About the Book

Title: Snowbirds
Published: 2017

Cover Story: That’s No Bird
BFF Charm: Meh
Swoonworthy Scale: 0
Talky Talk: Bahia Vista
Bonus Factor: Religion
Relationship Status: Fake Phone Number

Cover Story: That’s No Bird

No, I mean, it IS a bird on the cover there, but if you say “that’s no bird,” it sounds like “that snowbird.” DO YOU GET IT?

Anyway, the cover of the review copy I was reading was way different, and every time I looked at it, I felt like I was a member of the paparazzi, creepin’ on a couple of Beachy Amish girls.

The Deal

So I wasn’t kidding about the “Beachy Amish” girls. Our heroine Lucy is one of them, though her best friend Alice is Old Order Amish. In real life, Beachy Amish actually exist! They are a bona fide subgroup of Amish, with some key differences, like being allowed to have electricity in the house. The “Beachy” part comes from some old church leader’s last name—the beach in this book is a coincidence.

Lucy lives in Florida; Alice lives in Maine. But every September, Alice and a bunch of other Old Order Amish folk take a bus down south for the winter. Hence the term “snowbirds.” (Could you imagine living through an Ohio winter without indoor plumbing?!)

This fall, after eagerly awaiting Alice’s arrival, Lucy soon realizes that something has changed between them. When Alice disappears the day after a party, Lucy embarks on a journey to find her best friend—and maybe also herself.

BFF Charm: Meh

BFF charm with a :-| face

It would be awfully hard to be Lucy’s friend, considering how busy she is working for her dad or doing chores around the house, or the fact that she doesn’t go to school. I’d honestly never see the girl! I don’t know if the Beachy Amish have a deal with the government or something, but in her church, girls stop school after 10th grade. If Lucy’s dad had his way, she’d stay in her hometown forever. But Lucy’s thinking about ditching her upcoming baptism in favor of going to college to study marine biology. In fact, she’s even applied for a scholarship, although I’m not sure how that would work if she didn’t finish high school. Still, she just might make it out of Sarasota to follow her dreams.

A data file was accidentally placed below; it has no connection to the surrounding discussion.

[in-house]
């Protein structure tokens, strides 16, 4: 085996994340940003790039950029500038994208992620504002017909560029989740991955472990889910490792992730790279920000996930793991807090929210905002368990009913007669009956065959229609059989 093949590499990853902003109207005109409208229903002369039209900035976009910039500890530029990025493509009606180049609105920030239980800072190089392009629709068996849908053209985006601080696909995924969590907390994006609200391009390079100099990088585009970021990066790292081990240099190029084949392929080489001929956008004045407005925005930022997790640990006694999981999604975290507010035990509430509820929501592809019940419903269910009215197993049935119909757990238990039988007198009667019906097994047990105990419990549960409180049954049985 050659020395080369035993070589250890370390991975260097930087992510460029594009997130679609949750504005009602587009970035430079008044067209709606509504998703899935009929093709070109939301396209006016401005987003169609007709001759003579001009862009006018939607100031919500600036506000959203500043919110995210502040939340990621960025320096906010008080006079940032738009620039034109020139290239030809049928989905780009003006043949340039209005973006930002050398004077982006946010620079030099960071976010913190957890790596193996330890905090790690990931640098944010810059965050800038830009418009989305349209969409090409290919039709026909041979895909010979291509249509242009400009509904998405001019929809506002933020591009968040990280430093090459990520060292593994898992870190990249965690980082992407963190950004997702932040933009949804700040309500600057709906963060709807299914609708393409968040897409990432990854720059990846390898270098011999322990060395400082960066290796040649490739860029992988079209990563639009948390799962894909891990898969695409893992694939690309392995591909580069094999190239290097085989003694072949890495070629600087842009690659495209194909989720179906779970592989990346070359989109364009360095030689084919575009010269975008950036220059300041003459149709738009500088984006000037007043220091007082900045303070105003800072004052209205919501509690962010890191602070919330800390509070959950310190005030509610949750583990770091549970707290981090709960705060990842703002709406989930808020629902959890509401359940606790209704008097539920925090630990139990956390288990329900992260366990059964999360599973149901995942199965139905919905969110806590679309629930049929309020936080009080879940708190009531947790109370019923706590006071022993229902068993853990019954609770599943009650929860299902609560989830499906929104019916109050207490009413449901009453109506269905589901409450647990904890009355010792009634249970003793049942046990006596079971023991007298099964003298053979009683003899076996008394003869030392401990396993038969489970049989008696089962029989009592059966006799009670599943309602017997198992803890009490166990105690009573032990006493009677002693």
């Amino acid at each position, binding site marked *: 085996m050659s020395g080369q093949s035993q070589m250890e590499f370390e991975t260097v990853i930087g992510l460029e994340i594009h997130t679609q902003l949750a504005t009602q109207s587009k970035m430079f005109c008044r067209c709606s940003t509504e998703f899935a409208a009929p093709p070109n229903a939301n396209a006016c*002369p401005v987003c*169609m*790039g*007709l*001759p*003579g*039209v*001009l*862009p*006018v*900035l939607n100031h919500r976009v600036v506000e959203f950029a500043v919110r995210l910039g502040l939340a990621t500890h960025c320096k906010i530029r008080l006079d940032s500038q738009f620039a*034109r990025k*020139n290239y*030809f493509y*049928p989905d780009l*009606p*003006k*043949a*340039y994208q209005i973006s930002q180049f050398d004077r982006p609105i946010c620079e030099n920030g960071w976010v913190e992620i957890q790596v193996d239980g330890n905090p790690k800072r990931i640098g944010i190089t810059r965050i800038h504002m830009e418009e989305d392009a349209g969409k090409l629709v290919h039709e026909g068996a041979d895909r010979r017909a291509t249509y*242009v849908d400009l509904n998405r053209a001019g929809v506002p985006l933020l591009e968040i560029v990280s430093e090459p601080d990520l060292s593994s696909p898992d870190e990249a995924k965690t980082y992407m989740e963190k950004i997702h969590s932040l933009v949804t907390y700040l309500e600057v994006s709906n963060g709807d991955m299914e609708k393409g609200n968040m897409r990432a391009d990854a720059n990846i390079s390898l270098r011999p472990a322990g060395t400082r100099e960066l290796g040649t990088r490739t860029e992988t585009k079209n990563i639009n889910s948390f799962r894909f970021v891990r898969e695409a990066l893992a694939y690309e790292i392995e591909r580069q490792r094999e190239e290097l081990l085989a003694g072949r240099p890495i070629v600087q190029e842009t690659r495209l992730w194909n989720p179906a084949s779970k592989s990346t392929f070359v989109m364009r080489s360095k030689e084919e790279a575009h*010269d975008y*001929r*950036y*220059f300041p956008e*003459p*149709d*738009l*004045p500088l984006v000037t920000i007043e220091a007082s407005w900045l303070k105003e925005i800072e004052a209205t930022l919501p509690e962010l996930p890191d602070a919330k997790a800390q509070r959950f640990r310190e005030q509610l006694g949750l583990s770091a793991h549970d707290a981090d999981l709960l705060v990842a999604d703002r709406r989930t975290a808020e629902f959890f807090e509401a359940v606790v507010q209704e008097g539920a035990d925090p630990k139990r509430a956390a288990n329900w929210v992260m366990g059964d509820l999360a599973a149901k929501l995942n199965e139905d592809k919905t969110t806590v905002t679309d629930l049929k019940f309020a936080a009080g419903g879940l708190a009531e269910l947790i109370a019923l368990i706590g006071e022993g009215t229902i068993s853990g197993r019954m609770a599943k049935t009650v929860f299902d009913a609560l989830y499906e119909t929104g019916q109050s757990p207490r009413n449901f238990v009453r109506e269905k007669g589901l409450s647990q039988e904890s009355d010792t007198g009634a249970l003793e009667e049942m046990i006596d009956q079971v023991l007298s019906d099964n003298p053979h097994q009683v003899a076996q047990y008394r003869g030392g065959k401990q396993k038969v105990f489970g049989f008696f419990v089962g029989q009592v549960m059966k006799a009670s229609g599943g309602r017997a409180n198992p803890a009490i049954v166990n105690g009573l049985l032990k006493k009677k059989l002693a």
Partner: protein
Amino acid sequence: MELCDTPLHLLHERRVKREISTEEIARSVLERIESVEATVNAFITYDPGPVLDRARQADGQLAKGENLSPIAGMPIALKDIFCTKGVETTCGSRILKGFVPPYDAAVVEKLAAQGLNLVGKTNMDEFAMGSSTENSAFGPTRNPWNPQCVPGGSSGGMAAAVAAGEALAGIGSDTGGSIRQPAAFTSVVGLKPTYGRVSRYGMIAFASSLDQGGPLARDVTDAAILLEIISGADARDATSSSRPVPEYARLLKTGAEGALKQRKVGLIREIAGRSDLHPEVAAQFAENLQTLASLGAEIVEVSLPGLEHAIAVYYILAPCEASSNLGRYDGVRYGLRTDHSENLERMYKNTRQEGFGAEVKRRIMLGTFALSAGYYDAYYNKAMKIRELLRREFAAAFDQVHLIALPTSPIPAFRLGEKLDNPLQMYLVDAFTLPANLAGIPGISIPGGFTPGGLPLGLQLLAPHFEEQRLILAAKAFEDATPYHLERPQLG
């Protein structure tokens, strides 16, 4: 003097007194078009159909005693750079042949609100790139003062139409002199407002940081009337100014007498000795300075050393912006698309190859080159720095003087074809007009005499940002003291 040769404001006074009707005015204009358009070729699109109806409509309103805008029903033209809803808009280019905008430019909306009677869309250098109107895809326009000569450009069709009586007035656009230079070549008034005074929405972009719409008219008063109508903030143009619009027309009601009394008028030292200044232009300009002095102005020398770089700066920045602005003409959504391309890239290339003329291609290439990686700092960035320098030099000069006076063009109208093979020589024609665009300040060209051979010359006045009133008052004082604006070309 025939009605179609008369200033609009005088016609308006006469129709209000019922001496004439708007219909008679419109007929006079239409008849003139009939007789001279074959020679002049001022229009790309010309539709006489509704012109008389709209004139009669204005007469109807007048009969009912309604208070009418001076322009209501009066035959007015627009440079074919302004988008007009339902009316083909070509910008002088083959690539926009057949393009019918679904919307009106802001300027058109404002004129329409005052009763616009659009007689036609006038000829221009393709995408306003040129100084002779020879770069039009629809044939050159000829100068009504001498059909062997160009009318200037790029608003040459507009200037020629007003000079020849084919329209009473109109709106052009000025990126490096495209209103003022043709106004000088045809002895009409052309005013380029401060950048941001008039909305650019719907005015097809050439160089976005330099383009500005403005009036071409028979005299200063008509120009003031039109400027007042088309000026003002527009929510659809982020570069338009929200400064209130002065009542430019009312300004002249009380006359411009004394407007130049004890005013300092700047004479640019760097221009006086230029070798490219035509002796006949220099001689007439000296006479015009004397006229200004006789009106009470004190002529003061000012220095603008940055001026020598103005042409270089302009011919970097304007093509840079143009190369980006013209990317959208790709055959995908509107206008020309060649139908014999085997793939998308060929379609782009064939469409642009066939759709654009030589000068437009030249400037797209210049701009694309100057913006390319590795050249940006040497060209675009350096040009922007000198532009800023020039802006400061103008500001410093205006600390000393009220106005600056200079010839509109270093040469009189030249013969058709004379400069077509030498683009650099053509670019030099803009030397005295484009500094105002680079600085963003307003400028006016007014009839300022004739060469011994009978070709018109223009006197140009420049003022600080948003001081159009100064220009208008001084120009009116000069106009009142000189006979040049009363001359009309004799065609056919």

But I’m sorry, Lucy. There is just so much that you’re not allowed to do, like watch TV. I doubt you’ve read any YA books. And we couldn’t borrow each other’s outfits, because you aren’t allowed to wear jeans and that’s like the only thing I ever wear. And I am not allowed to wear those Little House On The Prairie dresses. I mean, technically I am, but I don’t want to. No offense; it’s just not my style.

Swoonworthy Scale: 0

Lucy’s love interest is a boy named Faron who was Old Order Amish before he was shunned for rejecting the faith. (“I quit!” “No, you’re fired!”) He’s the kind of character I would like in theory. I might even like Lucy, too, in theory. But unfortunately, the writing style and story structure of this book got completely in the way, and any sparks that were flying between Lucy and Faron were doused way before they could catch anything on fire.

Talky Talk: Bahia Vista

I had such high hopes for the story, as I have a soft spot for Leaving The Faith testimonies. Especially when they involve young people learning to trust their own beautiful minds and find a community of people who accept them unconditionally. Gets me every time. I was so hoping this book would be such a tale. And maybe deep down it is. But on the surface, and in the middle too, it’s disjointed, contradictory and distractingly repetitive.